Lake George vineyard to be carved up, young guns go their own ways

There are changes afoot in the Canberra wine district, following the departure of two of the district’s most influential winemakers from Lake George Winery late last year. Nick O’Leary left the winery in winter 2009 and Alex McKay followed in December.

Part of the Lake George property is up for sale. And O’Leary and McKay are now making their wines separately – O’Leary at his in-law’s Affleck Vineyard and McKay at a leased winery near Murrumbateman.

The Karelas family bought Lake George Vineyard from founder Edgar Riek in 1998. At Edgar Riek’s urging, following Hardy’s departure from Canberra, Theo Karelas and his son Sam hired Riek, O’Leary and McKay to oversee a complete overhaul of the vineyard in 2007. McKay was to make the wines. And McKay and O’Leary had freedom to develop their own labels, Collector and Nick O’Leary.

Then in March 2008, the Karelas family acquired the adjoining Madew property including land, vineyards and a winery-, cellar-door-restaurant complex. McKay and O’Leary led a rejuvenation of the neglected vineyards and consolidated the winemaking equipment into the Madew cellar. The combined properties produced wines under the Lake George Winery label and the Madew name was dropped.

Speaking from overseas last week, Sam Karelas said he was selling Riek’s original Lake George property but would continue trading from the Madew property under the Lake George Winery name. He said he would continue to operate the restaurant.

Alex McKay said though he left Lake George half way through the growing season, he made two wines from the vineyard in 2010 – a tempranillo and riesling.

He says left Lake George because the winemaking obligation there had become a bit much with his Collector brand beginning to work well and demanding more attention.

In time for the 2010 vintage he arranged to lease a small winery owned by Vikki Fischer at Murrumbateman. Fischer made her Cardinia wines there. But, says McKay, as a working mother with three children she found little time for winemaking.

McKay says it’s an efficient little winery and by adding a few bits and pieces it easily handled vintage 2010.

He made “some nice parcels of shiraz, which was a pretty good achievement in a tough vintage” but hasn’t decide yet whether there’ll be a “reserve” bottling as well as the standard Collector Marked Tree Shiraz.

He also has a single barrel of sangiovese, sourced from Wayne and Jenny Fischer’s Nanima Vineyard, Murrumbateman. But it “may never see light of day”.

The standout wine in 2010, he says, is a Rhone style, oak-fermented white blend of marsanne, roussanne and viognier. “I’m very happy with it”, he adds (given McKay’s modesty, that probably means sensational). He’s also pleased with a 2010 riesling made for the Half Moon Vineyard at Braidwood.

McKay continues to work closely with O’Leary. “There’s a fair bit of overlaps on our grape sources”, he says, and it helps if they both keep an eye on the vineyards. They bring different perspectives, McKay adds. But, more importantly, as vintage approaches each year, they spend a great deal of time visiting and influencing the management of vineyards they’re buying from. Ultimately, fruit quality drives wine quality – and their fussiness in this area shows in the wines they make.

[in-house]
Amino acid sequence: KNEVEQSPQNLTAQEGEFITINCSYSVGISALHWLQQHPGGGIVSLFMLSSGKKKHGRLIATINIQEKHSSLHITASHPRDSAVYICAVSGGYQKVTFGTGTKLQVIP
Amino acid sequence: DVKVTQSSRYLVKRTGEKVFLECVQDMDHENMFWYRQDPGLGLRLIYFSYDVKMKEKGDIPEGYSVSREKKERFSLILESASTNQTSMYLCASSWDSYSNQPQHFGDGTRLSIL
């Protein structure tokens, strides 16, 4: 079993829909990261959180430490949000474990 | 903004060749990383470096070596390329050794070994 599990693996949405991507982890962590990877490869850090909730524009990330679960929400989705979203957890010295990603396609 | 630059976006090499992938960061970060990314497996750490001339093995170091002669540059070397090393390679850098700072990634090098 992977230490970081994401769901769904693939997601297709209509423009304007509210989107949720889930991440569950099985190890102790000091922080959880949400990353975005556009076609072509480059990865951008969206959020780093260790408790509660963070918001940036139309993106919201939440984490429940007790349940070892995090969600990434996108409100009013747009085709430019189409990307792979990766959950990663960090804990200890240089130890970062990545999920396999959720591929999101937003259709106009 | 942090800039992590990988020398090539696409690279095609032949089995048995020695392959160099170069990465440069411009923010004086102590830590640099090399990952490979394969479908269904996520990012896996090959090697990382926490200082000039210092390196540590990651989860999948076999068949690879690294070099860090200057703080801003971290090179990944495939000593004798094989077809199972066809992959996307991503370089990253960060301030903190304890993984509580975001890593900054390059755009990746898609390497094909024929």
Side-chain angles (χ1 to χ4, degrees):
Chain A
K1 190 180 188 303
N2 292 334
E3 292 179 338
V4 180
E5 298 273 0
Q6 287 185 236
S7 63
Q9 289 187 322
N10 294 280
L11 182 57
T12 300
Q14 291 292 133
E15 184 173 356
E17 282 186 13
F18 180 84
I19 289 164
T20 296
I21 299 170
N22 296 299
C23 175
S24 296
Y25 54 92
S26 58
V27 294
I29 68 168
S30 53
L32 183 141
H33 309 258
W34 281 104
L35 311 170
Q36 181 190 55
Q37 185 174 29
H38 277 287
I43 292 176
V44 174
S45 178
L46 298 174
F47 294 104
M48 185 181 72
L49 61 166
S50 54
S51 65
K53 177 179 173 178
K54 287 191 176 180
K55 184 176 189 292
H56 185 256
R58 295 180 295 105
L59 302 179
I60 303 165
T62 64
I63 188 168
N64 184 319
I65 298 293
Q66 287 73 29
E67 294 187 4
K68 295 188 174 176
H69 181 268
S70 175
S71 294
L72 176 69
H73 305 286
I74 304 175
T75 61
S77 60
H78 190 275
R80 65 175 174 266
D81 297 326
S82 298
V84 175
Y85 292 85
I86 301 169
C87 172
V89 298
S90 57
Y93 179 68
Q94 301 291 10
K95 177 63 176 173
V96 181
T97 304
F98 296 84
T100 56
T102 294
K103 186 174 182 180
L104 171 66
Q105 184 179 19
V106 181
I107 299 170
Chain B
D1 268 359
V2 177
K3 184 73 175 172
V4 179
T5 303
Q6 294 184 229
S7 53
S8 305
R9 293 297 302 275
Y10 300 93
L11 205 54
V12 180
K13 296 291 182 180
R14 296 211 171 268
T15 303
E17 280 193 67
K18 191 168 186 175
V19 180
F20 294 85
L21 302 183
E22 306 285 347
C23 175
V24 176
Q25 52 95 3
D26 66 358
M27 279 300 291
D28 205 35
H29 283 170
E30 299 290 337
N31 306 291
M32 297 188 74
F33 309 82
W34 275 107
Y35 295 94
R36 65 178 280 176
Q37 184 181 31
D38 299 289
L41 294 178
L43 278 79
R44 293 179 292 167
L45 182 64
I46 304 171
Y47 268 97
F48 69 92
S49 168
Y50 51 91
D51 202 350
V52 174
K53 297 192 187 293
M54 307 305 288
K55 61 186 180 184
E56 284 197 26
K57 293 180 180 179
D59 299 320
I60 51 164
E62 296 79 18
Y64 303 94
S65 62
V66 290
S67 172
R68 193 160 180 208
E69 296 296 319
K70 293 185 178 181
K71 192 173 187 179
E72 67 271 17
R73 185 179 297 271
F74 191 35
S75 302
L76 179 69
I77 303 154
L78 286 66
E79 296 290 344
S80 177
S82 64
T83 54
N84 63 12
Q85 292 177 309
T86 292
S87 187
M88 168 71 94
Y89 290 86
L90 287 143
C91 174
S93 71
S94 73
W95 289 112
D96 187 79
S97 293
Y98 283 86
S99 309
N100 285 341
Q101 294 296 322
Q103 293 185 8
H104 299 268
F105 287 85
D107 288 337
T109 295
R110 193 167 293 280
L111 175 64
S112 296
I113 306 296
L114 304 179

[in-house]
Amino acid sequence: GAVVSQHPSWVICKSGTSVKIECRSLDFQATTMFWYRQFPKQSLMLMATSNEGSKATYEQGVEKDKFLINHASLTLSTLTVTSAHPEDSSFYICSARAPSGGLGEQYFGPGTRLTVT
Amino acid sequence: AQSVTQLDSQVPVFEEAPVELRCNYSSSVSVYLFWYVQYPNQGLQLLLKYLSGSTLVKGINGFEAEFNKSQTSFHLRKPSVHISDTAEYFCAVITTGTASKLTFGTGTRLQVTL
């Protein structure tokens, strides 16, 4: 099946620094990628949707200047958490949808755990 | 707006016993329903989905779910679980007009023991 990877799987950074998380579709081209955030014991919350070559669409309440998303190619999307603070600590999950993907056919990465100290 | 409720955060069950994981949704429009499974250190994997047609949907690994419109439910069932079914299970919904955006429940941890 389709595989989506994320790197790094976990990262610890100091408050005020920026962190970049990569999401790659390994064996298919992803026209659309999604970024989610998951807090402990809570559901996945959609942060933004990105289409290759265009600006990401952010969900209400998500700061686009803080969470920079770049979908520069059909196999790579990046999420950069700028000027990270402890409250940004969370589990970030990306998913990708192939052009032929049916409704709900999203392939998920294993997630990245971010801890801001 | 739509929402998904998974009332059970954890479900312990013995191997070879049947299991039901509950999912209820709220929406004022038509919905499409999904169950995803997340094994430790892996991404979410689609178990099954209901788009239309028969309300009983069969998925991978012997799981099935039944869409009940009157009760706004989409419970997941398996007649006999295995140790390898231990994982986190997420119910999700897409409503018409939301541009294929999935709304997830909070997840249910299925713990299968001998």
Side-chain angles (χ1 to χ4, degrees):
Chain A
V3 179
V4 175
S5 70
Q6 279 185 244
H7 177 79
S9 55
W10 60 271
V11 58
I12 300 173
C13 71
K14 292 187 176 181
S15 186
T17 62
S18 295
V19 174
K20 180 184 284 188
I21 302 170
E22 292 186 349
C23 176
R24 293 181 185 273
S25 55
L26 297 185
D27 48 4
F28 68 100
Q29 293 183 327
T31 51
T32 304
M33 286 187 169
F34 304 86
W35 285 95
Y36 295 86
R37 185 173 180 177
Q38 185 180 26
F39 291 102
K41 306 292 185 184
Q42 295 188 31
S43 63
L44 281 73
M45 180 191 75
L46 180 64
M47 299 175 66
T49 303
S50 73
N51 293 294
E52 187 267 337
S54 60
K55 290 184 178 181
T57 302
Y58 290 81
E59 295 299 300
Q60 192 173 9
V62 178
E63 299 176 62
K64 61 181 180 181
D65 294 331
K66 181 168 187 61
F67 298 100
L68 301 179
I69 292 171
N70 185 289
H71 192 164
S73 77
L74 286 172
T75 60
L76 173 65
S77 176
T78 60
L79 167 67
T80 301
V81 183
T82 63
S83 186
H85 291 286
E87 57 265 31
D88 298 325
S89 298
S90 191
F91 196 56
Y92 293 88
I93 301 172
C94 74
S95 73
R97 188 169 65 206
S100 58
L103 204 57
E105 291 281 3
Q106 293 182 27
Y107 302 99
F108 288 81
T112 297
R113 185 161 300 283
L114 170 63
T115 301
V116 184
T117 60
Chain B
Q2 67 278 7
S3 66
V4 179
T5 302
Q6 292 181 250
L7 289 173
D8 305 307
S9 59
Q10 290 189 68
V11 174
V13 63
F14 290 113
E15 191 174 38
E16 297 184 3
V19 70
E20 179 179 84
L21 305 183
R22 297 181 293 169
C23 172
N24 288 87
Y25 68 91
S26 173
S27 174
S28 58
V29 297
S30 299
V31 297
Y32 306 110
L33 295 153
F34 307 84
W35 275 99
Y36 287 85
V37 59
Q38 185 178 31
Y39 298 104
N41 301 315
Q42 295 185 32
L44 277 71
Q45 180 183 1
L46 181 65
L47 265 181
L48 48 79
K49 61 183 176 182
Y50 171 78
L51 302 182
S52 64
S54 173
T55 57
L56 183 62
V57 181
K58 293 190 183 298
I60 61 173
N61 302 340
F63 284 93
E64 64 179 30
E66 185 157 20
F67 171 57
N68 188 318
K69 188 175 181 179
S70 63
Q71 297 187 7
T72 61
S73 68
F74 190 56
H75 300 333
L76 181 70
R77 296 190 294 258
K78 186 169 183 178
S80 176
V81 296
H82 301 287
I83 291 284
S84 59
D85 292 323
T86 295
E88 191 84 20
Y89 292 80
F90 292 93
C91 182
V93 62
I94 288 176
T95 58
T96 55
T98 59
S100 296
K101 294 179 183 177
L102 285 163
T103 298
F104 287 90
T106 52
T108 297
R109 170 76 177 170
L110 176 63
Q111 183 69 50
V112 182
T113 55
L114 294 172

On Friday 2 July, for examples, judges at the Winewise Small Vignerons Awards awarded the trophy for best shiraz to Nick O’Leary Canberra District Shiraz 2009 – further cementing Canberra’s leadership with this style of shiraz.

O’Leary’s success in this credible wine show follows similar applause for Collector Reserve Shiraz 2008, made by O’Leary’s long-time winemaking mate Alex McKay, at the 2010 Royal Sydney Wine Show.

McKay says that when he and O’Leary source fruit from local growers they don’t cherry pick the amount to suit their own brands. If they like a block of vines, they’ll buy the lot as it’s neater for the grower and, it seems, opens other winemaking options – like their just released joint-venture Bourke Street Shiraz 2008 ($19).

McKay says there’s a limit to the volumes they can make and sell at the prices their own brands command (currently around $30 for the standard Nick O’Leary and Collector and $46 for Collector Reserve).

But there’s an opportunity, especially in restaurants, for good quality regional wines at a more affordable $20.

They make all of their shiraz as if it’ll be a component of the premium wines, says McKay. But as they move from oak maturation to final blending, for style, quality or volume reasons they eliminate some parcels. In 2008 these shiraz parcels became the first Bourke Street wine, released recently after a year in bottle. It’s a terrific drop. And there’s a 2009 in the wings, along with a few other wines, to be covered here when they’re released.

The 2009 vintage of Collector Marked Tree Shiraz and Reserve Shiraz are to be released in September and they’ll be reviewed here at the time. We’ll also review O’Leary’s trophy-winning 2009 Shiraz in the near future.

And we’ll just have to wait and see who buys the original Lake George and what they do with it, and how the Karelas family fares with the piece they keep. We’ll catch up with Sam Karelas when he returns to Australia and pass on any news.

Copyright © Chris Shanahan 2010

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